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The land where the Jesuits embraced modernity

In a letter of 1850 the Swiss Jesuit John Bapst declared that “the United States is the freest country in the world”. Bapst had only arrived in America two years earlier but was already convinced that he could “establish here as many schools as I can wish, and no one will interfere with me”. He even envisaged preaching “the doctrine of the Catholic religion in the most Protestant town before an audience composed entirely of Protestants, and I feel sure that I would not suffer a single interruption”.

As John McGreevy explains in his splendid new book, such hopes would quickly be dashed. Bapst set up his devotional stall in Ellsworth, Maine, where he objected, quite reasonably, to Catholic children being made to read from the King James Bible. The local education board was unimpressed by the protest, so Bapst established a Catholic school in the town.

Before too long, the windows of the priest’s home were being smashed and a chapel was being blown up with gunpowder. In October 1854, Bapst was seized by a group of locals and tied to a rail. Some of his assailants suggested burning him alive: instead, he was stripped naked then tarred and feathered. The First Amendment’s promises of religious freedom counted for little on that terrible autumn evening.

Of course, not every Jesuit who travelled from Europe to the US during the 19th century encountered a rabid mob, but they still faced challenges aplenty. A recurrent headache was how to react to a nation that positioned itself as a cradle of progress. What to make of democracy, the separation of church and state, or the prizing of the individual over the communal?

McGreevy suggests that, by and large, Jesuit “opposition to modernity was selective, not wholesale”. It seemed wise, for instance, to take full advantage of shiny new technologies. When Jesuits in St Louis were desperate for news from the First Vatican Council they “pleaded with their Roman colleagues to use the telegraph” rather than the unreliable postal service.

At a loftier theological and philosophical level, more caution was required in an era of such novelty and flux. McGreevy, while avoiding excessive generalisation, portrays Jesuits in America as being, more often than not, of a conservative stamp: fiercely loyal to Rome, leading the charge in the Neo-Scholastic educational revival, and cultivating “Catholic distinctiveness” through their ministries and devotions. A general mood of suspicion towards Catholicism, peppered with violent outrages like the one inflicted on John Bapst, only helped to deepen this mood of insularity.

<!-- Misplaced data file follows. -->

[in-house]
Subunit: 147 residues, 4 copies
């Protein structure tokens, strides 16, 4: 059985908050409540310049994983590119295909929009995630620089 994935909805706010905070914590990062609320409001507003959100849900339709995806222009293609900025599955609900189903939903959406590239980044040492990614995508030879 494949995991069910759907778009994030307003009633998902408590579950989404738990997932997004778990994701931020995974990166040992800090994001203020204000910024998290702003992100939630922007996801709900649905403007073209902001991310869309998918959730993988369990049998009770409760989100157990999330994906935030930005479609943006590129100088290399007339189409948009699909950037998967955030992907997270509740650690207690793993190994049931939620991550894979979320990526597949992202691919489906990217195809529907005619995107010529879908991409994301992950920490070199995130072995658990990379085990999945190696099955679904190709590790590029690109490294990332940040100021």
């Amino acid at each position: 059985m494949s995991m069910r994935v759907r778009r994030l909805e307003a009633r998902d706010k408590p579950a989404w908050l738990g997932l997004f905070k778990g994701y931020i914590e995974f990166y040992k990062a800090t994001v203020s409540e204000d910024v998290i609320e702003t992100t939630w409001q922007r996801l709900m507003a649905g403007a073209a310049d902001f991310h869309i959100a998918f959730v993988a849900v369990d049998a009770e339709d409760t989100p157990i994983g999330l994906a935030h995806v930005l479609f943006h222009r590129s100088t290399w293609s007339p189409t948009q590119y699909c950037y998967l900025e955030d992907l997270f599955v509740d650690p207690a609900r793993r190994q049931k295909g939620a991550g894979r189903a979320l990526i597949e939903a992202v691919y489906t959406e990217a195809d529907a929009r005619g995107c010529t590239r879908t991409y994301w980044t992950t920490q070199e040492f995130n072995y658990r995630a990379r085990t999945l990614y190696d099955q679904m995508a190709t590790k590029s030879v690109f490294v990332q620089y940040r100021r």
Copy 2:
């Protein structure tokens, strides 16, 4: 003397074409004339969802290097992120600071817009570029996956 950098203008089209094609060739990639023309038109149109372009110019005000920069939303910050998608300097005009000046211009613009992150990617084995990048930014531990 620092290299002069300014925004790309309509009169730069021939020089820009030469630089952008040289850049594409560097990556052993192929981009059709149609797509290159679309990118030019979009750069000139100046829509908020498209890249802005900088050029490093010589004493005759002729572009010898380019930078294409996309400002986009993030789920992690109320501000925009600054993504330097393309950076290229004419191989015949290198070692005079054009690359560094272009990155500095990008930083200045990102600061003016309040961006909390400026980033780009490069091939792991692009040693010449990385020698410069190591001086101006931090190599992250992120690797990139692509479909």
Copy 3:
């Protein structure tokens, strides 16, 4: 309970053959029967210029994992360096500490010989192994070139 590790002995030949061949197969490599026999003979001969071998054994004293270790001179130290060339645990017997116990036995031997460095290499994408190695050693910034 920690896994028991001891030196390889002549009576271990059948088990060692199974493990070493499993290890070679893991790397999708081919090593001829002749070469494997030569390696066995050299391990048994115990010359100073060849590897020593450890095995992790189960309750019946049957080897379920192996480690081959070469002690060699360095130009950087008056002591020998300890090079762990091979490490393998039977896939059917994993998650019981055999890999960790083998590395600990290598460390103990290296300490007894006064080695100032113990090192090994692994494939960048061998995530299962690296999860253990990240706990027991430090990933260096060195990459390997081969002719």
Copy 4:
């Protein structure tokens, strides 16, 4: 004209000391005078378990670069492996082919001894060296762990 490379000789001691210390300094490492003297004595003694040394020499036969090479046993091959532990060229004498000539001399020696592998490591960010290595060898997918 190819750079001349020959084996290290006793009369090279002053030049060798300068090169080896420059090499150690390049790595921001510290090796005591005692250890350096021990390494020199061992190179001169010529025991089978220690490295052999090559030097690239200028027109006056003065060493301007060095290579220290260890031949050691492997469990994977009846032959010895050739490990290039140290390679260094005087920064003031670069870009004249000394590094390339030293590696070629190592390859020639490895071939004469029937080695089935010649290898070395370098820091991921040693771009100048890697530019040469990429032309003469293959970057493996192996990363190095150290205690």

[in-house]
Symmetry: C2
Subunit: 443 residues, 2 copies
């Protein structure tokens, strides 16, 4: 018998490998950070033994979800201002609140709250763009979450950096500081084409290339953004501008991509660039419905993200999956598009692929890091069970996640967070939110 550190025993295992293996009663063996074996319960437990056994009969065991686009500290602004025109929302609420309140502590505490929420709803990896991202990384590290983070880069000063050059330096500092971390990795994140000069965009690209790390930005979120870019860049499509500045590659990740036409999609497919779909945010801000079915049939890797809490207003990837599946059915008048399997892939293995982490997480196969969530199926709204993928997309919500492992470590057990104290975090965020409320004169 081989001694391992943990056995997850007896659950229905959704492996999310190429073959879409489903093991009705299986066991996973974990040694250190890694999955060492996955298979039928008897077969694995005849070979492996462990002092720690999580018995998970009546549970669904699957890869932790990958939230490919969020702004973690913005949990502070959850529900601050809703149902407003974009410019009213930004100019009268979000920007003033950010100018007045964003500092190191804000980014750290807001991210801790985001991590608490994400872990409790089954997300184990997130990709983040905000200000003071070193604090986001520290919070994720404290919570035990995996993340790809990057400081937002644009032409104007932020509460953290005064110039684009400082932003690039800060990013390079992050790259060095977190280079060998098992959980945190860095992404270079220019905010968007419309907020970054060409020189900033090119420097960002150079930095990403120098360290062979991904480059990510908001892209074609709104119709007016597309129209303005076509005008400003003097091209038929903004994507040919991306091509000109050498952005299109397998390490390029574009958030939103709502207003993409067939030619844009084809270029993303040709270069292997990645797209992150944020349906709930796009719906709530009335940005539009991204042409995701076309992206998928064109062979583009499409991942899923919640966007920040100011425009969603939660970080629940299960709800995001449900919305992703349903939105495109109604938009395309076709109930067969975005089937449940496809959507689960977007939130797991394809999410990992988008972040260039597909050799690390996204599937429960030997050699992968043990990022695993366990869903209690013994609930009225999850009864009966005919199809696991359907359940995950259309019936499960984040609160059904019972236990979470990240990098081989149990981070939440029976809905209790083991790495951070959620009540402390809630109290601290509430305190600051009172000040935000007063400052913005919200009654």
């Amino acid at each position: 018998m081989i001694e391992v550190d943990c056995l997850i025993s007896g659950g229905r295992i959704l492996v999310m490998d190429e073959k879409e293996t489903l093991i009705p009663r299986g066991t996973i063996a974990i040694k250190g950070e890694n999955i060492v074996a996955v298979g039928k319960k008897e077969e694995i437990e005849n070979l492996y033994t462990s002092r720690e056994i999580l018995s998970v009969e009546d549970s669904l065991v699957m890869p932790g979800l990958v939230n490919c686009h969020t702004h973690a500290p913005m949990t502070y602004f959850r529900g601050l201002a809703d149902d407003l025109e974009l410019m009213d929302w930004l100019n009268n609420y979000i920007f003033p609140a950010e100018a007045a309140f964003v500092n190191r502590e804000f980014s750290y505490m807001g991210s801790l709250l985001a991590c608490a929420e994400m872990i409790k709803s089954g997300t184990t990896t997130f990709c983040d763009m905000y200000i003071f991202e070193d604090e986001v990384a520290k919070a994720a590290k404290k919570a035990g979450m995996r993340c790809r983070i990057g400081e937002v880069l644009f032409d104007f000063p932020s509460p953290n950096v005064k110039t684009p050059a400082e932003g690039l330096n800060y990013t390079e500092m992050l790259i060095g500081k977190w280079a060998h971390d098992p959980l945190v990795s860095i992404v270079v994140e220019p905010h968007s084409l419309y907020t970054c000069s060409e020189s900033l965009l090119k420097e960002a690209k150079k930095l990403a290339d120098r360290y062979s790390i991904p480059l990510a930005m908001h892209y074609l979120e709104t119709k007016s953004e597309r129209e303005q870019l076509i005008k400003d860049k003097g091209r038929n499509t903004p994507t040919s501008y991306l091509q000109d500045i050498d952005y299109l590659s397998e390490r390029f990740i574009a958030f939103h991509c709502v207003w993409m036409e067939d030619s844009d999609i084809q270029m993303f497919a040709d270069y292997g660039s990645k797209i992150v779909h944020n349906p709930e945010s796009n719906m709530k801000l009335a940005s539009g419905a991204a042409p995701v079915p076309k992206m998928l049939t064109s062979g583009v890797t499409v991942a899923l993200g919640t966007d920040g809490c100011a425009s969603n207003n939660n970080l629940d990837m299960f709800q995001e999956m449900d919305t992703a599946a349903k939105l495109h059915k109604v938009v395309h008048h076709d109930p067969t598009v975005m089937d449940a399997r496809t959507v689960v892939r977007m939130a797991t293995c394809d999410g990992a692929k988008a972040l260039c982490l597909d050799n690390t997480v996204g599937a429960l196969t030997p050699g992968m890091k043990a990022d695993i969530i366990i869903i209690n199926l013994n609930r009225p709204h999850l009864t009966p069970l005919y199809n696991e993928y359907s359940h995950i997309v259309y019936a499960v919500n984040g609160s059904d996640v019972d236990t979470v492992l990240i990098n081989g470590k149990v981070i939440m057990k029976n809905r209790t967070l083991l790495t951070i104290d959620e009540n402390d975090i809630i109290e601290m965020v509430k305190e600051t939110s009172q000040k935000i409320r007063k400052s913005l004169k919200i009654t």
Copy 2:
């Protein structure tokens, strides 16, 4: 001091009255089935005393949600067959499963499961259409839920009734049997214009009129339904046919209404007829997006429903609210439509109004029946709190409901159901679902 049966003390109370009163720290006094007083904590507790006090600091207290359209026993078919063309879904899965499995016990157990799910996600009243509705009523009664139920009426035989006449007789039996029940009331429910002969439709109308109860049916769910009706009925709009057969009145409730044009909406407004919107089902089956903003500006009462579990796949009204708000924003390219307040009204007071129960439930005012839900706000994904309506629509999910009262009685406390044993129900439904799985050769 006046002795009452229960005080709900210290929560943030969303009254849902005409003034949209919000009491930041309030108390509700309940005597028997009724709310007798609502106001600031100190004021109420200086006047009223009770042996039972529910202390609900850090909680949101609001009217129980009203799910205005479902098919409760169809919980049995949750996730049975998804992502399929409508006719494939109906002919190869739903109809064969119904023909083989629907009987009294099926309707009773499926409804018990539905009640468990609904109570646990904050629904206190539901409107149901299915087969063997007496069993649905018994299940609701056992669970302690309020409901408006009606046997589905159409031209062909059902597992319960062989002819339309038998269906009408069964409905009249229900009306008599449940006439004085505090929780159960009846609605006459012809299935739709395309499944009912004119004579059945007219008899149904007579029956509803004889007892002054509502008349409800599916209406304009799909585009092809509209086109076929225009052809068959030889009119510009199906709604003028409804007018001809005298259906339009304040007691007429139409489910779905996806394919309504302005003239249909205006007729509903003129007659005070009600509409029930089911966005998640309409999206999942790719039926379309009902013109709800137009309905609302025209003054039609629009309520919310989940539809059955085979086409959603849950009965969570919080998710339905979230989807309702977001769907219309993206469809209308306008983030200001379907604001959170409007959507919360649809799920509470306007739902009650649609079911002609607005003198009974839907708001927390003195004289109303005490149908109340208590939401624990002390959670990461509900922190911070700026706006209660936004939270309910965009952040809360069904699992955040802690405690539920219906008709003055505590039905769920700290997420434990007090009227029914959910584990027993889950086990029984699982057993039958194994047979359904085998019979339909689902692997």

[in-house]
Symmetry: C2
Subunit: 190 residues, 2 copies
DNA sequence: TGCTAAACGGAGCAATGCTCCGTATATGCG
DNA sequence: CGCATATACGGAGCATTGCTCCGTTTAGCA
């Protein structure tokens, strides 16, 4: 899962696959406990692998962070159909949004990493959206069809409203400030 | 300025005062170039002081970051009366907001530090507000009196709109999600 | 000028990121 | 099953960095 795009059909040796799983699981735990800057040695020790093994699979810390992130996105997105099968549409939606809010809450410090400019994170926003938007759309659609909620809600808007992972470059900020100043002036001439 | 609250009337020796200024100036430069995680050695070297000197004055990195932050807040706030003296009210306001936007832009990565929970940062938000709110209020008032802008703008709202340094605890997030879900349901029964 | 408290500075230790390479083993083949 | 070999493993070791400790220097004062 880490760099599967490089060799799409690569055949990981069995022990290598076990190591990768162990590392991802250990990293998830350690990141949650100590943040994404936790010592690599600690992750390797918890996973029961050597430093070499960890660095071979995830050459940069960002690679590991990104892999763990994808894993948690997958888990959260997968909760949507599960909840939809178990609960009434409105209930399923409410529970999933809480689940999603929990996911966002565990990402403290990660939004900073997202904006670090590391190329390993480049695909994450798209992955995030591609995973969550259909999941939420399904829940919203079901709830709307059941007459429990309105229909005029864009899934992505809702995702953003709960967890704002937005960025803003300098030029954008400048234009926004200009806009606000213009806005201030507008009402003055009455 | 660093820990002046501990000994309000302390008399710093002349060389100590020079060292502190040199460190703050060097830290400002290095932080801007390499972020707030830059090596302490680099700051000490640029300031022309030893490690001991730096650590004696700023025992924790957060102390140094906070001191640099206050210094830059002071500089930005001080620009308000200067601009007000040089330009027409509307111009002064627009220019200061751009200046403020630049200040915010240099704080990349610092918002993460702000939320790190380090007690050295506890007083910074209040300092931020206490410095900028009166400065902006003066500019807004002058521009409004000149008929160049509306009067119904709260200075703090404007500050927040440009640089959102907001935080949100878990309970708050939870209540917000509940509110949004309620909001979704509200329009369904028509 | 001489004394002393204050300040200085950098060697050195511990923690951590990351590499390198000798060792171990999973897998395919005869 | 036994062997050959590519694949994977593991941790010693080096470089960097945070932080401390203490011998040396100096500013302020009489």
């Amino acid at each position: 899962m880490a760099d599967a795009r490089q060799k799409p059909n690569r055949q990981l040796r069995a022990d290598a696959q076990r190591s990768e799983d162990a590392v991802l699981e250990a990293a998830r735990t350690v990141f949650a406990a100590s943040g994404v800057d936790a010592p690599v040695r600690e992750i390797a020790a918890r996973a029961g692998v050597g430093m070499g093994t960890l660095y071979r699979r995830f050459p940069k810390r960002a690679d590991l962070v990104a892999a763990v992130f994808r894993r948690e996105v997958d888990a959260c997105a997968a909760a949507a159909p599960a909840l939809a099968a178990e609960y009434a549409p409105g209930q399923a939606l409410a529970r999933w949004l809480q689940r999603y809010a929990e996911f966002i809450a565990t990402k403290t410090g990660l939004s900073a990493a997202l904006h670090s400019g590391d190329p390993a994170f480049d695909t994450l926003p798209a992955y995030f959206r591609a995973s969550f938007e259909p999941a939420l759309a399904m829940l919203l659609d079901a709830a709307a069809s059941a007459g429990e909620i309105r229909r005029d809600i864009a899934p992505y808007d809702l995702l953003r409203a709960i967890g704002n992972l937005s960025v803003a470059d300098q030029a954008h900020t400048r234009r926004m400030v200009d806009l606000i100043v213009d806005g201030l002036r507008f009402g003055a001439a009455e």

None of this precluded impressive Jesuit achievements. McGreevy also tells the inspiring tale of Burchard Villiger, another Swiss émigré, establishing his sumptuous and costly church in Philadelphia, and we hear all about Neapolitan fathers reaching New Mexico and their colleagues from Turin fetching up in San Francisco.

By the dawn of the 20th century, 15 per cent of the world’s 16,000 Jesuits were based in America. They could look back on decades of admirable work in the fields of education and mission, as well as crucial ministry among immigrant communities.

Oddly enough, however, more settled times provoked their share of dilemmas. With old cultural antagonisms in abeyance, the “limits of a subcultural strategy” became apparent and the 20th century would witness many debates about precisely what it mean to be an “American” Jesuit. Where was a line to be drawn between acculturation and Catholic particularity?

McGreevy traces a fascinating early example of this process: the role of American Jesuit missionaries in the proudly Catholic Philippines, secured by the US in the wake of the late 19th-century Spanish-American War.

There really ought to be better books about the American Jesuit experience, especially ones that move beyond educational case studies or the predictable crowd of well-travelled missionaries. In this panoramic and limpidly written study McGreevy sets a fine example.

This article first appeared in the June 24 2016 issue of The Catholic Herald. To read the magazine in full, from anywhere in the world, go here.

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